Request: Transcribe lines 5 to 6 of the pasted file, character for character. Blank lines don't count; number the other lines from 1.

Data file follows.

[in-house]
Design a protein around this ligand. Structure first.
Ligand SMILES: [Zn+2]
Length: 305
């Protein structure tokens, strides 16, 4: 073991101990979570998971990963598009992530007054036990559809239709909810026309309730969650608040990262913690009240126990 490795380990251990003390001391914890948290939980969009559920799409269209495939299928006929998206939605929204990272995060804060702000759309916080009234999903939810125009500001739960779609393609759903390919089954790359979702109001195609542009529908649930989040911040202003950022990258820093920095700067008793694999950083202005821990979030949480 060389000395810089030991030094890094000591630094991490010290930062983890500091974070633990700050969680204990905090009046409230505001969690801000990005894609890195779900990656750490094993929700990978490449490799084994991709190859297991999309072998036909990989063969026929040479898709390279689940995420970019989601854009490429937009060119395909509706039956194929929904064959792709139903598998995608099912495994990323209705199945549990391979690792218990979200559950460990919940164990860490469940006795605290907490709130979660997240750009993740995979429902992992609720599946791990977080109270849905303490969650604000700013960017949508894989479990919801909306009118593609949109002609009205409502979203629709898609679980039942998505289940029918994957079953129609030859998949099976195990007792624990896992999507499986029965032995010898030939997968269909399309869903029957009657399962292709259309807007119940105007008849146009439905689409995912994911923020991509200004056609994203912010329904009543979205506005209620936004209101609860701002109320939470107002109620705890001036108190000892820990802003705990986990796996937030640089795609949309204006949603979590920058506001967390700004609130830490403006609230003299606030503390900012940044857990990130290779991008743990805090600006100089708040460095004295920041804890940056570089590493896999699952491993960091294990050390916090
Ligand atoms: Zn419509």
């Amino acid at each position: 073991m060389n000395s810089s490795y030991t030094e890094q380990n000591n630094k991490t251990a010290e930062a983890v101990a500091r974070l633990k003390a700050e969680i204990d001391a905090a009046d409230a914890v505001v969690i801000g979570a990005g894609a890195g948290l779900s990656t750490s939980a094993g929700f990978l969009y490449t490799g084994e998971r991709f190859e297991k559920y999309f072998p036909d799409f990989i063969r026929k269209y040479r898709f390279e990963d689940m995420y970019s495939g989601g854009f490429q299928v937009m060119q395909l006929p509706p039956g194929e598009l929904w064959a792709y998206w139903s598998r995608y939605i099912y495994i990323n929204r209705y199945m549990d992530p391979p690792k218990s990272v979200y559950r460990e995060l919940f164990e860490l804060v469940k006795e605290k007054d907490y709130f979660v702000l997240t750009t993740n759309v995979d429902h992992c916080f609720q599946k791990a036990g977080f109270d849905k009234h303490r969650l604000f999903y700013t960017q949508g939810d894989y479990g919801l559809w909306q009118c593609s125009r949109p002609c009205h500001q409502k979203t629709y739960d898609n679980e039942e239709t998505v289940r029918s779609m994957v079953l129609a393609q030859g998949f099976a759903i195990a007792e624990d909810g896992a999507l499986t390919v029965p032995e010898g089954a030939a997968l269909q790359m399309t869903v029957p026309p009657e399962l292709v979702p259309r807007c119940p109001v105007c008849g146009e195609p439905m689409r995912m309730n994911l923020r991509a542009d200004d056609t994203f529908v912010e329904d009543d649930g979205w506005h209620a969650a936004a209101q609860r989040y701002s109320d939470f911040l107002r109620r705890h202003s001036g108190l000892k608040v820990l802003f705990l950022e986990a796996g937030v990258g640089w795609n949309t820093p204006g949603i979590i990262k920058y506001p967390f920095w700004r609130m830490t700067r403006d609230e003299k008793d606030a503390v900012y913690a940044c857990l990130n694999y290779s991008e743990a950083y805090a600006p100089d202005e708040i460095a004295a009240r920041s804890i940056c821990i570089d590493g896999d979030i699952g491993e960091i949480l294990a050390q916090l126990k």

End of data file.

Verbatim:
């Protein structure tokens, strides 16, 4: 073991101990979570998971990963598009992530007054036990559809239709909810026309309730969650608040990262913690009240126990 490795380990251990003390001391914890948290939980969009559920799409269209495939299928006929998206939605929204990272995060804060702000759309916080009234999903939810125009500001739960779609393609759903390919089954790359979702109001195609542009529908649930989040911040202003950022990258820093920095700067008793694999950083202005821990979030949480 060389000395810089030991030094890094000591630094991490010290930062983890500091974070633990700050969680204990905090009046409230505001969690801000990005894609890195779900990656750490094993929700990978490449490799084994991709190859297991999309072998036909990989063969026929040479898709390279689940995420970019989601854009490429937009060119395909509706039956194929929904064959792709139903598998995608099912495994990323209705199945549990391979690792218990979200559950460990919940164990860490469940006795605290907490709130979660997240750009993740995979429902992992609720599946791990977080109270849905303490969650604000700013960017949508894989479990919801909306009118593609949109002609009205409502979203629709898609679980039942998505289940029918994957079953129609030859998949099976195990007792624990896992999507499986029965032995010898030939997968269909399309869903029957009657399962292709259309807007119940105007008849146009439905689409995912994911923020991509200004056609994203912010329904009543979205506005209620936004209101609860701002109320939470107002109620705890001036108190000892820990802003705990986990796996937030640089795609949309204006949603979590920058506001967390700004609130830490403006609230003299606030503390900012940044857990990130290779991008743990805090600006100089708040460095004295920041804890940056570089590493896999699952491993960091294990050390916090
Ligand atoms: Zn419509």